career development planning

5 career planning posts for new information professionals

Navigating a career path and coming up with a flight plan can be difficult for those new to the information professions. There are many possibilities and even more ways to get there. My last couple of blog posts have focused on career planning for newbies. I’m by no means an expert, I only share my own experiences and tips about developing a career statement and my personal professional development plan for the next two years. Both I’ve found to be valuable exercises.

After taking a look at popular posts I’ve written here, three others on this topic may also be useful. I thought I’d bring them together for you.

1. Building a career path with Lego

A career, professional ‘self’ or identity can be put together by connecting ‘Lego’ blocks (knowledge and skills). Over time, a structure or a completed picture forms that is unique to each professional. This is what differentiates one professional to another.

So, take your career statement, then identify possible sectors you could pursue to fulfil your “mission”, then the skills and knowledge you might need. If you have an opportunity to be mentored, awesome. Do it. They can help put your building blocks together by being a sounding board. A mentor can also help guide you through all the ‘cool stuff’ that comes up and filter the ‘nice to knows’ from the ‘I need to focus on this right now’.

2. Audit your Personal Learning Environment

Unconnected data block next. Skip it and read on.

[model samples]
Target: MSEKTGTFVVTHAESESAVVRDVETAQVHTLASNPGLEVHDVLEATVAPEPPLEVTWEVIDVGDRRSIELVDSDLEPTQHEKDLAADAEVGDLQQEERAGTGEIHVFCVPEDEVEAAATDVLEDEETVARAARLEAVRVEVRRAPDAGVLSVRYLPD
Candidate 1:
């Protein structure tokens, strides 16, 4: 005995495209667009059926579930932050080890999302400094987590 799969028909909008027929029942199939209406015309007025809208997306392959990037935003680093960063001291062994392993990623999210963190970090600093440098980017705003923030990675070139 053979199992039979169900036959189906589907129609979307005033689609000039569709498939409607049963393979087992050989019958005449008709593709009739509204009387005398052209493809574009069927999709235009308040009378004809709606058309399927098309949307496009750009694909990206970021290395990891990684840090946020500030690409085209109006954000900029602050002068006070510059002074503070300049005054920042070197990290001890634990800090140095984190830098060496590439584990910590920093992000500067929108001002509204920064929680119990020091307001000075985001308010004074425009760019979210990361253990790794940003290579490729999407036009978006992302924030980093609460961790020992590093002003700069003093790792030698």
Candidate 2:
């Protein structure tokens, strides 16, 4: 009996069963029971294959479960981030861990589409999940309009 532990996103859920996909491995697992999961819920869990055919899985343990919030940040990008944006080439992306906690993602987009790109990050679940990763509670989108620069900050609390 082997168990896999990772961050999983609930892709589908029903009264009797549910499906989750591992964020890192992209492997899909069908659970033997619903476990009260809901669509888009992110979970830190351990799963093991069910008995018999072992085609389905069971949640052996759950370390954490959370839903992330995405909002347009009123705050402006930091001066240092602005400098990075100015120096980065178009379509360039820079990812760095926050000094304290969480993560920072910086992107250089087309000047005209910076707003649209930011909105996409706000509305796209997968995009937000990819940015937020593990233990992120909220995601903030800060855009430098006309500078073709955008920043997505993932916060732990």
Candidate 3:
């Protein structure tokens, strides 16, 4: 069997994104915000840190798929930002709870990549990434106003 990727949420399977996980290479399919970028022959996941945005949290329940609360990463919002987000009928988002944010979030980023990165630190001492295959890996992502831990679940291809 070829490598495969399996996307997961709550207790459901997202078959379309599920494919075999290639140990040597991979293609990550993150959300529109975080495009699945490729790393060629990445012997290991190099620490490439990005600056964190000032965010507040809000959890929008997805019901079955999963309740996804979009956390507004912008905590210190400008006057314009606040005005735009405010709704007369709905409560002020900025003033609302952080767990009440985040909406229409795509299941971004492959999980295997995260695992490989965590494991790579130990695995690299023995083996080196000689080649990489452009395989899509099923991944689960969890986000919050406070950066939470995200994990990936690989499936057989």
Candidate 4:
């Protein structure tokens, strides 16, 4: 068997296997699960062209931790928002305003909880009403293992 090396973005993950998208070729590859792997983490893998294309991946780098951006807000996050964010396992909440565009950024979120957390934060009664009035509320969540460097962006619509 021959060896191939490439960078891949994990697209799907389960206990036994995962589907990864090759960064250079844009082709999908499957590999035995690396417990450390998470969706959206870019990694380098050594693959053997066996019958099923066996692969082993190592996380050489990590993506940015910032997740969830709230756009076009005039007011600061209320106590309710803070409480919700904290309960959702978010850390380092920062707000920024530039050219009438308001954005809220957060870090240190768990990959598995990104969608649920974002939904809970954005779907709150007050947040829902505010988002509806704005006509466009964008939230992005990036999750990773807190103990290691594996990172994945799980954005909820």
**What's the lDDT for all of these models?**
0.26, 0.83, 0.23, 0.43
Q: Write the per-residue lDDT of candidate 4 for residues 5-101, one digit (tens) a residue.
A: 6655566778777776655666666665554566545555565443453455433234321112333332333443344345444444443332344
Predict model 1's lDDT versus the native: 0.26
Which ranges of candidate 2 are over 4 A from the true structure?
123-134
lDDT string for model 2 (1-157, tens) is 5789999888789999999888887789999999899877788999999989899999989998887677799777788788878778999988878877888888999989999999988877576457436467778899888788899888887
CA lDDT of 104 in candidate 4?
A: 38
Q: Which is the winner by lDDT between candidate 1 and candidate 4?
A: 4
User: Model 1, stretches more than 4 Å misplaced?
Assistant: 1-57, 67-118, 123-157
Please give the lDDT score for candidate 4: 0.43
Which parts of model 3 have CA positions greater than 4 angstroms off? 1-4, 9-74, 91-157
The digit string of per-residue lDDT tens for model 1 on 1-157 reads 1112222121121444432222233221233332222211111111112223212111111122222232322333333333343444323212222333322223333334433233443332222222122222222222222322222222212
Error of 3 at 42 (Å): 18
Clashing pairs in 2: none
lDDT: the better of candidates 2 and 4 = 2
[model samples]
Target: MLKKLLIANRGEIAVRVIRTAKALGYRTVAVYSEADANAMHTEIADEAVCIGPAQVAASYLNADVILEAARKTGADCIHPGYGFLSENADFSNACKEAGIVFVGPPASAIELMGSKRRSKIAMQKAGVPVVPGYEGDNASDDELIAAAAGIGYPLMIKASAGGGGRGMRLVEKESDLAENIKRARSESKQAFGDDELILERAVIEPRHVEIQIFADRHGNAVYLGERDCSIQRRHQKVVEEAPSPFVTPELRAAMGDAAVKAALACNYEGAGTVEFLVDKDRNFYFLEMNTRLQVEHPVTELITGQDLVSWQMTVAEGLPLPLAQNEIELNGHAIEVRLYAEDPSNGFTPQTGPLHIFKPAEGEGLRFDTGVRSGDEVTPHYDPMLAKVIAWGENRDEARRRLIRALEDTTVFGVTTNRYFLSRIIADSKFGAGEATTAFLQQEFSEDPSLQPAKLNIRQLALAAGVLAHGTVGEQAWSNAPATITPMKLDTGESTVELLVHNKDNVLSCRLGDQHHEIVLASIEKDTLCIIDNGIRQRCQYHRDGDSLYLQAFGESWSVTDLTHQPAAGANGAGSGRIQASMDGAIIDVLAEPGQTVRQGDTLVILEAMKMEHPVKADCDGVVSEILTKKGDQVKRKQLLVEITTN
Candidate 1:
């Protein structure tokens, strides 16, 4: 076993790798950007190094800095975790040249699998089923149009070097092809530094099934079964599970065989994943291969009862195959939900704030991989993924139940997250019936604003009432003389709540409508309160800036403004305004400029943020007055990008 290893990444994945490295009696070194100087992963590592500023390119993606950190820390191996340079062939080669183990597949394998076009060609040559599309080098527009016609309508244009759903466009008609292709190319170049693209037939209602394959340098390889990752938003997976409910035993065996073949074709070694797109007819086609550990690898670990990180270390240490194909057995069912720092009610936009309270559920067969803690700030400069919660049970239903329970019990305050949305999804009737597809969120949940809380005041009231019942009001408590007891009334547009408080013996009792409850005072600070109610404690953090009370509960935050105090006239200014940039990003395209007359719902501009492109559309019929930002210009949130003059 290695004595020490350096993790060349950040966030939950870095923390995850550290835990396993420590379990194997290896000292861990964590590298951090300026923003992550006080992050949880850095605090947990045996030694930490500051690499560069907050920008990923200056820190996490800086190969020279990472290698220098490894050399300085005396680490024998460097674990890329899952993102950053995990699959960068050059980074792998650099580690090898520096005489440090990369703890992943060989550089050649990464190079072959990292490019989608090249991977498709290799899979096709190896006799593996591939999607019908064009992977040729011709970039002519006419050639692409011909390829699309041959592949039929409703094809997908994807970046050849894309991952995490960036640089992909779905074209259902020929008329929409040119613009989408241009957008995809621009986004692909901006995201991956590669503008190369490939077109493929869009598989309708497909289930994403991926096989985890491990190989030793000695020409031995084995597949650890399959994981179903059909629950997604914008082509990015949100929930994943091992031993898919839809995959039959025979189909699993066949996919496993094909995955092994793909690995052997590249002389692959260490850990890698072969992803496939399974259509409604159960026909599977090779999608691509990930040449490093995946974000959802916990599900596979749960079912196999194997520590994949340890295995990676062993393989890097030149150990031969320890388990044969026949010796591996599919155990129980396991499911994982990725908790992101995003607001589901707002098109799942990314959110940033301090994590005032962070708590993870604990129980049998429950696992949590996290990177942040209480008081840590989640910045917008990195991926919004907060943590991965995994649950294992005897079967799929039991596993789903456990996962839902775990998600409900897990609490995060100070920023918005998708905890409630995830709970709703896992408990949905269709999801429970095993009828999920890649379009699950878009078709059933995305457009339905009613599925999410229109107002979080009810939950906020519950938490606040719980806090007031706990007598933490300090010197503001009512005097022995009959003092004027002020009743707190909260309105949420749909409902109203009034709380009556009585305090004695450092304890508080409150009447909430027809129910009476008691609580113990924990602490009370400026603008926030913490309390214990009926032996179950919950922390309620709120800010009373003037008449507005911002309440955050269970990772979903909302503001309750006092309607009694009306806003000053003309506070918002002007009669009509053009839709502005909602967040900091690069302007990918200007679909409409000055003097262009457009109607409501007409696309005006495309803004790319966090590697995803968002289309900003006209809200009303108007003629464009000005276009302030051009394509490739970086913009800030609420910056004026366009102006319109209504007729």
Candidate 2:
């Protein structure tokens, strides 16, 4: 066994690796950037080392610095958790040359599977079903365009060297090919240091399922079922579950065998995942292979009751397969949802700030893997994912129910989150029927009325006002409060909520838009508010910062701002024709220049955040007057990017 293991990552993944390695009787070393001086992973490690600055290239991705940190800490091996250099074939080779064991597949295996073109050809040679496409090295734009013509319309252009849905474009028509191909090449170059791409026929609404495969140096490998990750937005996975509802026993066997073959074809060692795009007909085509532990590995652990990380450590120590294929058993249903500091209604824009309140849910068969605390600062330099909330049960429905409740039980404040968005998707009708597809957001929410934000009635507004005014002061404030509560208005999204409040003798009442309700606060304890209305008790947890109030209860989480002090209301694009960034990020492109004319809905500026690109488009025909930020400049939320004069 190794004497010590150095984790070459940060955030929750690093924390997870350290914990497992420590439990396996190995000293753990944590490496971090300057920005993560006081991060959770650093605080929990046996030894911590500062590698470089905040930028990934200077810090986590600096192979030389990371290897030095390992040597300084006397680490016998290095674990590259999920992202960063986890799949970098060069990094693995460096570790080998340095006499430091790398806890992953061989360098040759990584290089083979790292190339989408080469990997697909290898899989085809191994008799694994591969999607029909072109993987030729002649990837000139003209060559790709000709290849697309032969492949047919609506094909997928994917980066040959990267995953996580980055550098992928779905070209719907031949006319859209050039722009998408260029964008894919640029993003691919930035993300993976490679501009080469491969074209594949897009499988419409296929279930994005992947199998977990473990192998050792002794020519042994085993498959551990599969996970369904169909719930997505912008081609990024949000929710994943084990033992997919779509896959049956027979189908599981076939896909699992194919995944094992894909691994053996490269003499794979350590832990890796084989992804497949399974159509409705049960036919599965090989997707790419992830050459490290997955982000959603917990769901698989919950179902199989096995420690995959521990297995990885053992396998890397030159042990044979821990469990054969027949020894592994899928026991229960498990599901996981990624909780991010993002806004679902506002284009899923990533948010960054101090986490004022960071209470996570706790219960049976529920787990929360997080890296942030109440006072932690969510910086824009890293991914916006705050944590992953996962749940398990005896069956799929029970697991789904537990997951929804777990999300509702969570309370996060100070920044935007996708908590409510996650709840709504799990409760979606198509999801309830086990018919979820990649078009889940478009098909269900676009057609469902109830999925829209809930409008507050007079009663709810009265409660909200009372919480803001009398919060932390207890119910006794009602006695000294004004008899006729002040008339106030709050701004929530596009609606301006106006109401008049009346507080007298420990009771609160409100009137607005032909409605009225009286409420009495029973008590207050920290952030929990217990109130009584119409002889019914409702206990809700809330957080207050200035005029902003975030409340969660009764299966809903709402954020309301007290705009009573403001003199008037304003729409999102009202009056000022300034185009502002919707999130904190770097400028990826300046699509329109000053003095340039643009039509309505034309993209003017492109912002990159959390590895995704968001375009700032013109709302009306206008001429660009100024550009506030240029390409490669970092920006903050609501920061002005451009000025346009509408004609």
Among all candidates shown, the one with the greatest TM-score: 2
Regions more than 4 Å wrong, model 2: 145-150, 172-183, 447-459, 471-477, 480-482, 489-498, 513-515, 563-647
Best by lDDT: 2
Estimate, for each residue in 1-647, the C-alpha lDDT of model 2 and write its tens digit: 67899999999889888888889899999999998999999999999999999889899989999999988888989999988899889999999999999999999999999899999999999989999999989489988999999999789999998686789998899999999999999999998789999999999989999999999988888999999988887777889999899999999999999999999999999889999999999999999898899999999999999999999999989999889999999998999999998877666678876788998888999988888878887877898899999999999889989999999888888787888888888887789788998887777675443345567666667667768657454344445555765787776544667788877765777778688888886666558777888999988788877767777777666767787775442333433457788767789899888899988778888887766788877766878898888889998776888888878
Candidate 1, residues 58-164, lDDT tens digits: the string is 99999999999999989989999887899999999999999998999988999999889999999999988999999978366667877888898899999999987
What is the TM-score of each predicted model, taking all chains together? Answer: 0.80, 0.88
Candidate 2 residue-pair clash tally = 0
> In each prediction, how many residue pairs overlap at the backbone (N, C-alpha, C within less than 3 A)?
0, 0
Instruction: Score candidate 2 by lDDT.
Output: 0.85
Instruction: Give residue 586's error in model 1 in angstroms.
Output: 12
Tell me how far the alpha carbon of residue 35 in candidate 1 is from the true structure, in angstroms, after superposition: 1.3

You’ve started your library course or you’re maybe looking to learning more about another sector. What resources and tools will you need for your learning? Perhaps you’ve signed up for Twitter, trying Feedly, signed up for another web-based tool which seemed useful a few months back? It’s time to think about the combination of tools that will be most effective for you. It’s time to tidy up all these things to help streamline your information feeds. I’m due to have a review of my PLE myself. The methodology isn’t perfect, but this post’s key message is to ensure you regularly check your collection of tools so they continue to work for you, not against you. I know my needs and ways of thinking and doing stuff changes over time. This may be true for you.

3. 10 must-reads for PLNs

Among the most valuable things you can do as a new information professional (I’ve found, at least) is to start thinking about your personal learning network (PLN). A PLN is the human component of your PLE. In 2011, I undertook an independent research project looking into the theory of connectivisim and developing a personal learning network. I presented my findings at the 5th New Librarians’ Symposium. My paper is available online, if you’re up for a sticky beak. 🙂

During this project, I came across some great starting points for developing an understanding of PLNs and how they might contribute to your professional development and establishing connections in the information professions. There are probably more up to date resources available since this post, but these will surely provide the basics, as well as identify some key authors in this space.

I hope these posts about career planning and professional development help those just starting out in the information professions, or indeed anyone seeking for a bit of (re)direction.

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